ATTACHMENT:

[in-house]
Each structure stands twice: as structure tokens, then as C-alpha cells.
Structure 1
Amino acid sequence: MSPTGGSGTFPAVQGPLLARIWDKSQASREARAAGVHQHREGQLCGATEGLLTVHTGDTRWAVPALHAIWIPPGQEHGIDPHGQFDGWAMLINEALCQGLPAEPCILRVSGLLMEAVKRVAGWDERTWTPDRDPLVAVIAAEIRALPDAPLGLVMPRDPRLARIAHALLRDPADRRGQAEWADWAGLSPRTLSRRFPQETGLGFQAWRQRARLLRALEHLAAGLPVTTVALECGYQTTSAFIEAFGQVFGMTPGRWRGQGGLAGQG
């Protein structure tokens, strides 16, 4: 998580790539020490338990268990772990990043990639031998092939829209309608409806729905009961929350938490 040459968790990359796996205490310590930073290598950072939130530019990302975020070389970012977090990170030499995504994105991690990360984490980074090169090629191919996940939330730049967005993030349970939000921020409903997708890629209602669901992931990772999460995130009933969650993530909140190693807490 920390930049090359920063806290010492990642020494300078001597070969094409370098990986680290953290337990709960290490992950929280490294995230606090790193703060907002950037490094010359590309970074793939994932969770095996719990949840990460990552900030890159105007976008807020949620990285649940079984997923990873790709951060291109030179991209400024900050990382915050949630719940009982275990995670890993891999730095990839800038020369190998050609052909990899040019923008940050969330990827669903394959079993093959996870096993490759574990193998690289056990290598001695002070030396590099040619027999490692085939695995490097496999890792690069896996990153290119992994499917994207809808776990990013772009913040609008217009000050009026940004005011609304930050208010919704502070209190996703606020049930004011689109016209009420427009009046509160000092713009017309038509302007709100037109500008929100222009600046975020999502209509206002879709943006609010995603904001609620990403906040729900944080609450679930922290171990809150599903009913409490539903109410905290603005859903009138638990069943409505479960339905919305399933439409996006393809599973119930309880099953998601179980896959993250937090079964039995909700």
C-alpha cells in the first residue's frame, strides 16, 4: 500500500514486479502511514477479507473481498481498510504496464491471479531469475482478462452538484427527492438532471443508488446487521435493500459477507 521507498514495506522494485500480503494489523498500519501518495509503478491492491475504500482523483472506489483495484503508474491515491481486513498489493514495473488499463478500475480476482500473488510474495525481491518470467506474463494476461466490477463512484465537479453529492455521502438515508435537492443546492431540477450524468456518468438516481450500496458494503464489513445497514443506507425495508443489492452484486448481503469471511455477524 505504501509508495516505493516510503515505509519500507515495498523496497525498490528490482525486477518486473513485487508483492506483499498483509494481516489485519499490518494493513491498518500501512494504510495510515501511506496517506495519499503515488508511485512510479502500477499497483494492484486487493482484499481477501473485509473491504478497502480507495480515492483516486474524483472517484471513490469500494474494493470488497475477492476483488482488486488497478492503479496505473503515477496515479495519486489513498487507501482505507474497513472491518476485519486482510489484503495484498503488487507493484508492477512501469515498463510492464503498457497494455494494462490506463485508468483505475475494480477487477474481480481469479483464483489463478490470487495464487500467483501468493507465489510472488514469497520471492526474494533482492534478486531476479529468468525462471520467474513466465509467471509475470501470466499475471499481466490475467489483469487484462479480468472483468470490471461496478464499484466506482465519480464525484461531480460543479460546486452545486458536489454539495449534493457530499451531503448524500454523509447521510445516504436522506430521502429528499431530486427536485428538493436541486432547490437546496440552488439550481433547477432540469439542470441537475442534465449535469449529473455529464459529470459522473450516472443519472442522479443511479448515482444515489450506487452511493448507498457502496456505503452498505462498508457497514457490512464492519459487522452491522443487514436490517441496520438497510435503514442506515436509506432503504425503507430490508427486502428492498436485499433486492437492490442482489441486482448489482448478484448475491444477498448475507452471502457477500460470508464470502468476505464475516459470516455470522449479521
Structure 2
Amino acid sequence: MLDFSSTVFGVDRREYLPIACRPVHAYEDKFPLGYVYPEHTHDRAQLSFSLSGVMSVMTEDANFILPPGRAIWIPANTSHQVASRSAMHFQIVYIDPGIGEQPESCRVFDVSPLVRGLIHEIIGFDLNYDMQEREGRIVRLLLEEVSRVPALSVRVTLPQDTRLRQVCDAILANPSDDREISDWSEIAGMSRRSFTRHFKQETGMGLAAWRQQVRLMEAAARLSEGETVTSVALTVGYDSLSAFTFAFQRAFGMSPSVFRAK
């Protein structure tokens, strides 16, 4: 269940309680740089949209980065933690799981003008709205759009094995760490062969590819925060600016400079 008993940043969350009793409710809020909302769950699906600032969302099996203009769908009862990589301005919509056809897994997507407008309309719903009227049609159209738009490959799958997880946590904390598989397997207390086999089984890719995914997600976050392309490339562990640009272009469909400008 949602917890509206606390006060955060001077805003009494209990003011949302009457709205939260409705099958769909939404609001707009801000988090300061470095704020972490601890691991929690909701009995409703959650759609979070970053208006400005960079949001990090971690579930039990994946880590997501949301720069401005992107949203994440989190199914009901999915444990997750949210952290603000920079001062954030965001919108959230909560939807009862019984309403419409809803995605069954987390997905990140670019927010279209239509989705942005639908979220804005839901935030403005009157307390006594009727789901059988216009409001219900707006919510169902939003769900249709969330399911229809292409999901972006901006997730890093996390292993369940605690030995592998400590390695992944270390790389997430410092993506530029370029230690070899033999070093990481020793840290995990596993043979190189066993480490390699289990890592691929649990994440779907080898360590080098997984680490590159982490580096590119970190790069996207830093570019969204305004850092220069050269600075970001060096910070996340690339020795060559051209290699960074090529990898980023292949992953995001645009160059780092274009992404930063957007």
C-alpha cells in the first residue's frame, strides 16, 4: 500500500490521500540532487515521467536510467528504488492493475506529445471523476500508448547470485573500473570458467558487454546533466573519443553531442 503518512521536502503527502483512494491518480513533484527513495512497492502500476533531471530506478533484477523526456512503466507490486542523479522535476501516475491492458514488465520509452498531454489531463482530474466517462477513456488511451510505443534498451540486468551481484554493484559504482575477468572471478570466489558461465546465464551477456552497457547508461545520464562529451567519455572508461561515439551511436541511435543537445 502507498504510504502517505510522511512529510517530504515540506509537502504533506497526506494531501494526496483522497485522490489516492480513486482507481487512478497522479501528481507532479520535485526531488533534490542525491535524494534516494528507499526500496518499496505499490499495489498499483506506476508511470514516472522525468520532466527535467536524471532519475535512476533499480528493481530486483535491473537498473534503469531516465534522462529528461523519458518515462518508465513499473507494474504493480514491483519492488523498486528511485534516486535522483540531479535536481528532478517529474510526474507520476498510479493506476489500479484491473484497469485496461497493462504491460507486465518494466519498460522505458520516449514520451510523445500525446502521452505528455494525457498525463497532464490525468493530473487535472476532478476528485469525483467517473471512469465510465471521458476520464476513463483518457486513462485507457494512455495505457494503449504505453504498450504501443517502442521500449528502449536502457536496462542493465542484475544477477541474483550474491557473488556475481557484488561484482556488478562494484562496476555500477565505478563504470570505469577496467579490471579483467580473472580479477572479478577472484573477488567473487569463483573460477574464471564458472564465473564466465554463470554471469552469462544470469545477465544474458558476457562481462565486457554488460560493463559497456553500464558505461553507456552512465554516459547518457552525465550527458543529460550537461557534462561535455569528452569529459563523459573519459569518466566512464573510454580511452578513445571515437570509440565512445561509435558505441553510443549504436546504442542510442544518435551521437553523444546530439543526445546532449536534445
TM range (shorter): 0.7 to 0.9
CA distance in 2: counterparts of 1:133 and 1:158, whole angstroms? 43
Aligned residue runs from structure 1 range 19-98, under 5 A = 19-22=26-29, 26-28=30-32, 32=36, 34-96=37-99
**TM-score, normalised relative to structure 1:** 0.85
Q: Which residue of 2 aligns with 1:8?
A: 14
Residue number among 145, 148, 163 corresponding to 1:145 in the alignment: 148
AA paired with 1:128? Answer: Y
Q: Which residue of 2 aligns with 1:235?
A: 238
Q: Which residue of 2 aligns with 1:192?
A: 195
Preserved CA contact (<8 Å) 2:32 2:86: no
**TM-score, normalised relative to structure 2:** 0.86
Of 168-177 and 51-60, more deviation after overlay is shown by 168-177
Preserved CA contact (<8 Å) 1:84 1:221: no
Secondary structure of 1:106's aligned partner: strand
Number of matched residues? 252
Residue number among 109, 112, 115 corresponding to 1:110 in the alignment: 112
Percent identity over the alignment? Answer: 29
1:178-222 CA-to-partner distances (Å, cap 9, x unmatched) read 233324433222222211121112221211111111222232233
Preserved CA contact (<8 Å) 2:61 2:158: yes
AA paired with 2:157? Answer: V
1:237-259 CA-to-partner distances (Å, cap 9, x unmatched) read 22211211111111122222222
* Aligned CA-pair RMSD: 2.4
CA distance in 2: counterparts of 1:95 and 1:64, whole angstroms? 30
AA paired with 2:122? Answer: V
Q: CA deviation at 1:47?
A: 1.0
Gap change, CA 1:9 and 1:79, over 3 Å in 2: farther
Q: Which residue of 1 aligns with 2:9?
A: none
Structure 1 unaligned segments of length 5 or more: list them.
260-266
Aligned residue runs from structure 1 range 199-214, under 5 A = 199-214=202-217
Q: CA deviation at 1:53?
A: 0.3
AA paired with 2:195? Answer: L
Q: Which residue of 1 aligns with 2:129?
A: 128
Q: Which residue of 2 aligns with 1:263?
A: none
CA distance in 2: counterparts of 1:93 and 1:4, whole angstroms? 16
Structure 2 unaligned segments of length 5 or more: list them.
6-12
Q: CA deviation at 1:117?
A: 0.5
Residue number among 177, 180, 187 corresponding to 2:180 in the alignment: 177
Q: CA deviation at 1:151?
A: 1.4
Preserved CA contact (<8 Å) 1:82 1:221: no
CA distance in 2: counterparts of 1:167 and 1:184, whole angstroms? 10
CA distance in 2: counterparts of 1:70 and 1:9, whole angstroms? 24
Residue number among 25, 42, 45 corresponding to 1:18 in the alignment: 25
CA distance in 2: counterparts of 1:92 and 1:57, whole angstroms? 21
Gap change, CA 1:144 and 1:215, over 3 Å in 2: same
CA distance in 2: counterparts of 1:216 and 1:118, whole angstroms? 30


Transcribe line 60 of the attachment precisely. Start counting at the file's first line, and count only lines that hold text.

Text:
A: 1.4